Alma-Ata: Rebirth and revision 4 - 30 years after Alma-Ata: has primary health care worked in countries?


Rohde, J; Cousens, S; Chopra, M; Tangcharoensathien, V; Black, R; Bhutta, ZA; Lawn, JE; (2008) Alma-Ata: Rebirth and revision 4 - 30 years after Alma-Ata: has primary health care worked in countries? Lancet, 372 (9642). pp. 950-961. ISSN 0140-6736 DOI: https://doi.org/10.1016/S0140-6736(08)61405-1

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Abstract

We assessed progress for primary health care in countries since Alma-Ata. First we analysed life expectancy relative to national income and HIV prevalence to identify overachieving and underachieving countries. Then we focused on the 30 low-income and middle-income countries with the highest average yearly reduction of mortality among children less than 5 years of age, describing coverage and equity of primary health care as well as non-health sector actions. These 30 countries have scaled up selective primary health care (eg, immunisation, family planning), and 14 have progressed to comprehensive primary health care, marked by high coverage of skilled attendance at birth. Good governance and progress in non-health sectors are seen in almost all of the 14 countries identified with a comprehensive primary health care system. However, these 30 countries include those that are making progress despite very low income per person, political instability, and high HIV/AIDS prevalence. Thailand has the highest average yearly reduction in mortality among children less than 5 years of age (8.5%) and has achieved universal coverage of immunisation and skilled birth attendance, with low inequity. Lessons learned from all these countries include the need for a nationally agreed package of prioritised and phased primary health care that all stakeholders are committed to implementing, attention to district management systems, and consistent investment in primary health-care extension workers linked to the health system. More detailed analysis and evaluation within and across countries would be invaluable in guiding investments for primary health care, and expediting progress towards the Millennium Development Goals and "health for all".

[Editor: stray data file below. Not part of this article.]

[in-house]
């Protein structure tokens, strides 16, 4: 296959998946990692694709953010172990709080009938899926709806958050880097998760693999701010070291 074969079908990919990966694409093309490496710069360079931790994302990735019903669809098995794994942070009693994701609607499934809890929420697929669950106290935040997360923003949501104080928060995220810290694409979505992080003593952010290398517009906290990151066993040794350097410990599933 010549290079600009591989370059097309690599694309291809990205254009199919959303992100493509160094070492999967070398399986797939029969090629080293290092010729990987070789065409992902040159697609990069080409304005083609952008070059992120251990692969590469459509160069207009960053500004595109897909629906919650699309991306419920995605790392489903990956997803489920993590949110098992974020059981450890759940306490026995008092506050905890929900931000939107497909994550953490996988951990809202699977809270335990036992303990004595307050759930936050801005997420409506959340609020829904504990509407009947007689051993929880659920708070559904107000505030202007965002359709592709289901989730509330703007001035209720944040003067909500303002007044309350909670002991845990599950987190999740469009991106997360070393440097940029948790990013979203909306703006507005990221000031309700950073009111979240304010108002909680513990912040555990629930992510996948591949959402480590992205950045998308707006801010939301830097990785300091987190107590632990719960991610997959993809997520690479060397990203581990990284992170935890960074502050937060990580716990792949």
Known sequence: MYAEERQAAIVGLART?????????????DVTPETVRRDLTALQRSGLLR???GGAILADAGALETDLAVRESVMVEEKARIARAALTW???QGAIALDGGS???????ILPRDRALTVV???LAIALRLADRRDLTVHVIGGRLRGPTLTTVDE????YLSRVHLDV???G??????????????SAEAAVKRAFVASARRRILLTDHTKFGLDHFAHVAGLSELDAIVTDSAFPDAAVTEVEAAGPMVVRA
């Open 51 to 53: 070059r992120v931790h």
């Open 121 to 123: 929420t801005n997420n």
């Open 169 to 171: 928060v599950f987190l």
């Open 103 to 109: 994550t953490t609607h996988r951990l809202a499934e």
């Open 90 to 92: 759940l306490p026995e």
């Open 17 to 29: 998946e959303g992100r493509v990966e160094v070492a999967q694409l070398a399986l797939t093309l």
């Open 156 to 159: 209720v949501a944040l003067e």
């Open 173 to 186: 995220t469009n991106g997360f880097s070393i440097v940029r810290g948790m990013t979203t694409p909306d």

Item Type: Article
Keywords: Adult, Child Mortality, trends, Child, Preschool, Developing Countries, Educational Status, Female, Humans, Immunization, statistics & numerical data, trends, Infant, Life Expectancy, Male, Maternal Mortality, trends, Poverty, Primary Health Care, statistics & numerical data, Regression Analysis, Sanitation, statistics & numerical data, trends, World Health
Faculty and Department: Faculty of Epidemiology and Population Health > Dept of Infectious Disease Epidemiology
Research Centre: Tropical Epidemiology Group
PubMed ID: 18790318
Web of Science ID: 259266900035
URI: http://researchonline.lshtm.ac.uk/id/eprint/6839

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